Pfizer (NYSE:PFE), the world's largest research-based pharmaceutical company has just announced its annual dividend increase. Here are a few quick highlights from the announcement:
- The new quarterly dividend is 26 cents per share.
- This is up 8.3% from the previous level of 24 cents per share.
- This pushes the current yield for Pfizer to almost 3.5%, which is at least on par with most well known Pharma stocks.
- The ex-dividend date for this new dividend is 02/05/14.
This article was written in November 2012, debating whether Pfizer would announce a 4th consecutive dividend increase in December 2012. And sure enough, it did. The 2013 dividend increase means two dividend increases have gone by since that article and it's time to revisit the numbers from the original article. Let us get into the details.
Dividend Background: Pfizer has always been a favorite among dividend investors. But the company had to cut its dividend by half in 2009 due to acquisitions. Dividend cuts are almost always viewed unfavorably by investors but Pfizer was also making it clear that it planned to grow through new patents acquired and cut costs through corporate alignment.
In spite of the dividend cut in 2009, as Seeking Alpha has mentioned in the link above, Pfizer will soon be paying out its 301st consecutive quarterly dividend payment. That is about 75 years for those wondering.
Payout Ratio: Pfizer's new annual dividend payment of $1.04 per share gives it a trailing payout ratio of about 50%, based on the last 4 quarterly earnings per share of $0.47, $0.51, $0.56, and $0.58 (total of $2.12). For those of you who wish to look at the forward payout ratio, that number is 45% based on 2014's expected EPS of $2.18.
As at the time of the last article, Pfizer's payout ratio is much lower than competitors Merck (NYSE:MRK) and Bristol-Myers Squibb (NYSE:BMY). Eli Lilly (NYSE:LLY) continues to have a lower payout ratio at 44%.
Cash on Hand: Pfizer continues to be strong when it comes to cash on hand. Those who experienced the 2009 buyout of Wyeth might even have the opinion that the company builds a serious cash position to make such strategic moves. As of the most recent quarter, Pfizer's cash and short term equivalents equal $33 Billion, up 50% since the previous article. That represents about 16% of the company's market cap.
The chart below shows how Pfizer stacks up against its competition in this department. Obviously, the market caps of these companies vary but it does not change the fact that Pfizer can flex its muscles if needed.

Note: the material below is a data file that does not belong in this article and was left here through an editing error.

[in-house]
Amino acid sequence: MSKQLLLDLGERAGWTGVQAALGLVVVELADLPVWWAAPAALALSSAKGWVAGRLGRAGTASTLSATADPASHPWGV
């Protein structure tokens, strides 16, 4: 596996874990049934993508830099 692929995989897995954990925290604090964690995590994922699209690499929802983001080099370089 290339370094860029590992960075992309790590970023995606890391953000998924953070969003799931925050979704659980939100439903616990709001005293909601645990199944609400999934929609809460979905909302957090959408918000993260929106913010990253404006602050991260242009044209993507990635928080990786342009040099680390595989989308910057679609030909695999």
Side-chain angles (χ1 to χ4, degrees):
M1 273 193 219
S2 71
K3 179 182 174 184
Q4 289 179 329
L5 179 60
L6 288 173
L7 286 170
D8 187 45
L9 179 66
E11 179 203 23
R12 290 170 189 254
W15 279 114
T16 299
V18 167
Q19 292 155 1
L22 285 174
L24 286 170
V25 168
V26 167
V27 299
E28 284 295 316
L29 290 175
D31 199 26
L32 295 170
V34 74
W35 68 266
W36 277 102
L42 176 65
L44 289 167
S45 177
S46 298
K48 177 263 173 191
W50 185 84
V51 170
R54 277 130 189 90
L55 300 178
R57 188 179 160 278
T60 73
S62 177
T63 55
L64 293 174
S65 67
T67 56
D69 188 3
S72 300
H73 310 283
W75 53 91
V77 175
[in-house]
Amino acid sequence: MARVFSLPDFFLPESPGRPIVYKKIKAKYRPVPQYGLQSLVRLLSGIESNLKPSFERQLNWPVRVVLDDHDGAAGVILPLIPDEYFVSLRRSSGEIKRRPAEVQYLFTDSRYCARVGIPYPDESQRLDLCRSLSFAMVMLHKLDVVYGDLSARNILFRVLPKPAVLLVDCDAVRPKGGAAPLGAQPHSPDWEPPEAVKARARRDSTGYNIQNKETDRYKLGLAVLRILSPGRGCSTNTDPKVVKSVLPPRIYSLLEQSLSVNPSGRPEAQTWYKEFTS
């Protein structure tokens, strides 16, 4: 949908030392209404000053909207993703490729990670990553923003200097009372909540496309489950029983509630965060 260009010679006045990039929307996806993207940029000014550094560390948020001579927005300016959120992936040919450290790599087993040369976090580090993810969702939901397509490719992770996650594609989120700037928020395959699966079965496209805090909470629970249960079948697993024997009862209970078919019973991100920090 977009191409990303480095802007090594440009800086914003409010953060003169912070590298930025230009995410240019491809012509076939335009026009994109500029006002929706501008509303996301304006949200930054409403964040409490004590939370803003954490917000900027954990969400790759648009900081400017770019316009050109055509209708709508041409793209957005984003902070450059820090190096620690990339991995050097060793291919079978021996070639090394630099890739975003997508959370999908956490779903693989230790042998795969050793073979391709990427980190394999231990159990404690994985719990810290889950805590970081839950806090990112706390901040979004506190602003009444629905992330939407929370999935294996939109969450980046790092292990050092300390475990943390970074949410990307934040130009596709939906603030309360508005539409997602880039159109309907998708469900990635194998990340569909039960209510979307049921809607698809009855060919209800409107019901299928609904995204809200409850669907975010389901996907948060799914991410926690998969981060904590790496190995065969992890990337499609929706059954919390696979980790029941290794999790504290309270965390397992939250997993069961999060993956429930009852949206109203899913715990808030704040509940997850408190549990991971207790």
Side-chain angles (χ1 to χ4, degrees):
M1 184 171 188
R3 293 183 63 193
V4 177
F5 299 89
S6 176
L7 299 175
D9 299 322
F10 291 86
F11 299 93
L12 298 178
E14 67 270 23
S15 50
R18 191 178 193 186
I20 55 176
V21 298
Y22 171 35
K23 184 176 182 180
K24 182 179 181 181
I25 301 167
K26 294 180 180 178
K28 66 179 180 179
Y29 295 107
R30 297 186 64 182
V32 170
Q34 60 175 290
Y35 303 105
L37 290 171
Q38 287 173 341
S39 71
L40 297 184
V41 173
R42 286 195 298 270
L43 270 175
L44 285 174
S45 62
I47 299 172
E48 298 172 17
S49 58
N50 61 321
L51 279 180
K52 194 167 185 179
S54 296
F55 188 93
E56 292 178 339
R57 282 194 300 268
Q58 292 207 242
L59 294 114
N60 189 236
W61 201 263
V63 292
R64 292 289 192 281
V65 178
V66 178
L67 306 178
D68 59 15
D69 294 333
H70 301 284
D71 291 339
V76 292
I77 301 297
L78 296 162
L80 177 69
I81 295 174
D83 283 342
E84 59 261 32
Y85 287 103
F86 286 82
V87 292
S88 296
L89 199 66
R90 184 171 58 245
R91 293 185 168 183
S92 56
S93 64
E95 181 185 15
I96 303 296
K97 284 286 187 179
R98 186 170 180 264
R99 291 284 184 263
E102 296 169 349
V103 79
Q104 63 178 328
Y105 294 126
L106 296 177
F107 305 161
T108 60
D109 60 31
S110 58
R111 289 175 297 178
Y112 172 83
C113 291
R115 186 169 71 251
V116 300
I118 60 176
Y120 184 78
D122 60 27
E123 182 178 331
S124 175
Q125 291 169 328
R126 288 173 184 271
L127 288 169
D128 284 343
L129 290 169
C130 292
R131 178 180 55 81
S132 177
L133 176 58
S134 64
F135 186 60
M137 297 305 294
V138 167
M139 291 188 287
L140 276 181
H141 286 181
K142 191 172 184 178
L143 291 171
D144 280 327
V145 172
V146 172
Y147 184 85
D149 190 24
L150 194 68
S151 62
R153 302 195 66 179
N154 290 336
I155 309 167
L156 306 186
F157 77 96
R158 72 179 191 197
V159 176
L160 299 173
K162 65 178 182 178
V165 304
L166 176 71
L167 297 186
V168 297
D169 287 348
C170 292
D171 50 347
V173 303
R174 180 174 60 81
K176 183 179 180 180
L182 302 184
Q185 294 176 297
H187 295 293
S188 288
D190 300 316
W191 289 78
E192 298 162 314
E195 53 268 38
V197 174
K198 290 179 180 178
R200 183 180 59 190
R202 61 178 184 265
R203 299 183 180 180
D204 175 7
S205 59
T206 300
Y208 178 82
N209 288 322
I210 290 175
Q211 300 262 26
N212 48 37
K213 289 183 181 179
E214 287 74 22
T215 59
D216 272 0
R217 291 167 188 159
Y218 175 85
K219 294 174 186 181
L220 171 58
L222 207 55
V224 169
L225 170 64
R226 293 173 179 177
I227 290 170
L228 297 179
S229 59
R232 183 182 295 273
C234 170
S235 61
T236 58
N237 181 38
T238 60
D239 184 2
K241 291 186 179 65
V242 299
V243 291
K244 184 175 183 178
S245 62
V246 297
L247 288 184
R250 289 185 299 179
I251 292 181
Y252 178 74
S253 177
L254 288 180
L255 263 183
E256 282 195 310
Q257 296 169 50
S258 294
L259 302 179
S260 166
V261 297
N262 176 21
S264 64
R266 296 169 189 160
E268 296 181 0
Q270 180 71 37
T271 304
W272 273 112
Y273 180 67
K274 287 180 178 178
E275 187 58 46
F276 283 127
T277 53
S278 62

Dividend Growth: As impressive as the cash growth has been since the 2012 article, this is the section that should interest investors more. Pfizer has now increased its dividend 5 times since the 2009 cut. As a reminder, five years of dividend growth pushes a company into the "Dividend Challenger" category that SA contributor David Fish maintains. The table below shows the last 5 dividend increases. The average stands at about 10%.
Extrapolation: As done in the original article, the table below tries to present a picture of what the future dividends might look like. The assumed dividend growth rate is 5% per year. The yield on cost reaches almost 6% even at this conservative level for the patient investor.
With the 2009 event fresh in mind, we would be a bit cautious here and say we do expect the dividend growth to continue at a better pace than the 5% but only if there are no major surprises about the $33 Billion cash hoard (One would expect a pharma company to spend big on R&D however).
Conclusion: So, where do you stand on this sensitive topic of whether you should buy "dividend cutters" again for their dividends and dividend growth? Such companies are sometimes referred to as "Fallen Angels". We recently profiled a company that is in a similar situation, General Electric (NYSE:GE).
The comments section in that article showed both sides of the coin. Those who reinvested all the way through General Electric's troubled days in 2009 are now reaping the rewards, while there are still a few that are hurting because of buying at the highs before the crash. The key point is that if you believe in the long term prospects of the company (Pfizer or General Electric or any other), there is no harm in reinvesting your dividends to acquire cheaper shares. That brings us to the next question.
What about future earnings? It is no secret that Pfizer's earnings are not expected to rocket. But let's not forget that it is not easy to replace a blockbuster like Lipitor that easily. But the company has a few good things going its way when it comes to growth such as: a) The Celebrex patent being extended till 2015 b) continuing R&D funding and c) the big push into the Oncology division.
But what about the dividend cut, one might ask. This excellent link shows Pfizer increased dividends every year from 1981 to 2008 and from 2010 to 2013. Is it too harsh to bail out on a company that has paid dividends for 75 years straight and has increased dividends for 32 out of the last 33 years? (Pfizer's website goes back only until 1980 in terms of dividend data). We think so. In a nutshell, we believe the moderate payout ratio, cash on hand, good yield, moderate dividend growth and low beta make this stock a good candidate for an income portfolio.
Disclosure: I have no positions in any stocks mentioned, and no plans to initiate any positions within the next 72 hours. I wrote this article myself, and it expresses my own opinions. I am not receiving compensation for it (other than from Seeking Alpha). I have no business relationship with any company whose stock is mentioned in this article.